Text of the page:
2020 stats: 216/327 passing (66.1%) for 2,259 yards, 16 touchdowns, and five interceptions. 6.9 yards per attempt, 6.23 ANY/A, 95.9 quarterback rating, 51.6 ESPN QBR. Sacked 27 times. 1-7 record as starter.
No Jaguars player had their stock fall more than Gardner Minshew in 2020, even if it wasn't quite Minshew's fault completely. The 2019 sixth-round pick entered the year as the unquestioned starter after an encouraging rookie year in which he went 6-6 as starter and broke most Jaguars rookie passing records, but he ended the 2020 season on the bench.
Despite how 2020 ended, Minshew did start the season off hot. The Jaguars scored 57 points in the first two games of the season, a span of games where they went 1-1 and lost to the Tennessee Titans by three points. In those games, Minshew had a 6:2 touchdown-to-interception ratio, a 115.7 quarterback rating, 7.88 yards per attempt, 75.38% completion rate, and an average of 256 yards per game.
Minshew's play dipped over the next few games as the Jaguars continued to stack losses. In the following five games, Minshew threw just seven touchdowns and turned the ball over six times (three interceptions, three fumbles). His completion rate slid to 62.87% and his quarterback rating fell to 87.5 as the team scored just 19.4 points per game.
A good reason for this was likely a thumb injury that Minshew reportedly sustained in Week 5. Minshew had to recover from the injury once he informed the team of it, which put him on the sidelines following the team's Week 8 bye.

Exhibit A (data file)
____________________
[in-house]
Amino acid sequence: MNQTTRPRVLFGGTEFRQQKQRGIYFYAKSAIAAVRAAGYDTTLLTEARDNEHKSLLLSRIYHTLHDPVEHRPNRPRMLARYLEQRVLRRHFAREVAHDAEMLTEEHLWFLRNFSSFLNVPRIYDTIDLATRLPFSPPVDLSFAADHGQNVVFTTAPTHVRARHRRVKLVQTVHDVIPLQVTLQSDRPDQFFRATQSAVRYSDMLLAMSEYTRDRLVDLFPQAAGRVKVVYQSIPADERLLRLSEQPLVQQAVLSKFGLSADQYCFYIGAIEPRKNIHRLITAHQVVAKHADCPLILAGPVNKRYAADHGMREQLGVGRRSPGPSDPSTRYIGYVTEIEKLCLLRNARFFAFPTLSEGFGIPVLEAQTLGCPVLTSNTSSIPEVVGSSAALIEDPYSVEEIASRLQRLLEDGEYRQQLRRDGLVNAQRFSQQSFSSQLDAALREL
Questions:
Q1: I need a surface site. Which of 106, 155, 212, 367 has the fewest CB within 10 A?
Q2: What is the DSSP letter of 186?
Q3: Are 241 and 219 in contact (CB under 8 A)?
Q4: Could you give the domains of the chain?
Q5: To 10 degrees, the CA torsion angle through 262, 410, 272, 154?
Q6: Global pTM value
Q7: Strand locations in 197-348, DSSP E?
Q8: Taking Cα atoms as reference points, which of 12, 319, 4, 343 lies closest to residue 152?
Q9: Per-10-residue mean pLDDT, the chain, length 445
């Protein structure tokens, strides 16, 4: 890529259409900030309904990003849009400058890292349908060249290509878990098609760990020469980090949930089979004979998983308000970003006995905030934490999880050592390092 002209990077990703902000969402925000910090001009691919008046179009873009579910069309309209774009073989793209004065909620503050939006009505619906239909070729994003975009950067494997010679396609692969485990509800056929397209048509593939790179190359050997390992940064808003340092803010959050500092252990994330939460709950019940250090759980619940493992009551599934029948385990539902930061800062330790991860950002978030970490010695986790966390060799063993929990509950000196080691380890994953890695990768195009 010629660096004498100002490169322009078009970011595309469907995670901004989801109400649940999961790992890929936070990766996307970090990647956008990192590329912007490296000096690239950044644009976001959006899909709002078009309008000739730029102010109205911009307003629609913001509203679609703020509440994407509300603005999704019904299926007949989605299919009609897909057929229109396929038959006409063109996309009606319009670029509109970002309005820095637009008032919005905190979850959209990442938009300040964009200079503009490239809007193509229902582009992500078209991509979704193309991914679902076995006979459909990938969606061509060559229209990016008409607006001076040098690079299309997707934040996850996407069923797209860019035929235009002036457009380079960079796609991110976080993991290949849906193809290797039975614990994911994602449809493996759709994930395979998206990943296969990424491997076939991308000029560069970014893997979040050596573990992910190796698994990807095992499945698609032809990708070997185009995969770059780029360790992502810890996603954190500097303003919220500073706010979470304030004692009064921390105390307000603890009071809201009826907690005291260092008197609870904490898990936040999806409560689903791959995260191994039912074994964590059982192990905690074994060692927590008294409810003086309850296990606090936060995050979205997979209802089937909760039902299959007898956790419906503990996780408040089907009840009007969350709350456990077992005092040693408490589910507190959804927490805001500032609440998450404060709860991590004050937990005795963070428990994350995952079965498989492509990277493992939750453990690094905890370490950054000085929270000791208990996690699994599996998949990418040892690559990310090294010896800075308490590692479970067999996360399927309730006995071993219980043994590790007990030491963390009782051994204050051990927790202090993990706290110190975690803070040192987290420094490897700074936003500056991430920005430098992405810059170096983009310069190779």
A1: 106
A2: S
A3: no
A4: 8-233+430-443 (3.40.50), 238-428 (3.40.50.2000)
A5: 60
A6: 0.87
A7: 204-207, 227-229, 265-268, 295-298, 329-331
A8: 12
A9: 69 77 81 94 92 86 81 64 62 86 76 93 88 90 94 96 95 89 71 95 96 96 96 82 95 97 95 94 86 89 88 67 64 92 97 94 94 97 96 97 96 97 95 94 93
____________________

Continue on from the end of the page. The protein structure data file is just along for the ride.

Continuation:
Minshew was inactive up until Week 13, and even then he served as Mike Glennon's backup. Minshew replaced a benched Glennon during the second half of Week 14 against the Titans and then started in Week 15 against the Ravens, but Glennon replaced him for the final two games of the year.
2020 stats: 111/179 passing (62%) for 1,072 yards, seven touchdowns, and five interceptions. 6.0 yards per attempt, 4.97 ANY/A, 80.1 quarterback rating, and 36.6 ESPN QBR. Sacked nine times. 0-5 record as starter.
Mike Glennon went from not making Jacksonville's initial 53-man roster to starting over 25% of the team's games. Signed to give the team a veteran quarterback presence behind Gardner Minshew, Glennon served as Minshew's backup for the first half of the season and then was Jake Luton's backup from Weeks 9-11.
Following Luton's four-interception performance against the Steelers, Glennon was given the starting nod over both Luton and Minshew. The Jaguars lost Glennon's first two starts by a combined five points, but he had three turnovers to go with three touchdowns. Somewhat predictably, the trains came off the offense under Glennon in Week 14 against the Titans as he completed just 3.7 yards per attempt before being benched for Minshew shortly after the start of the second half.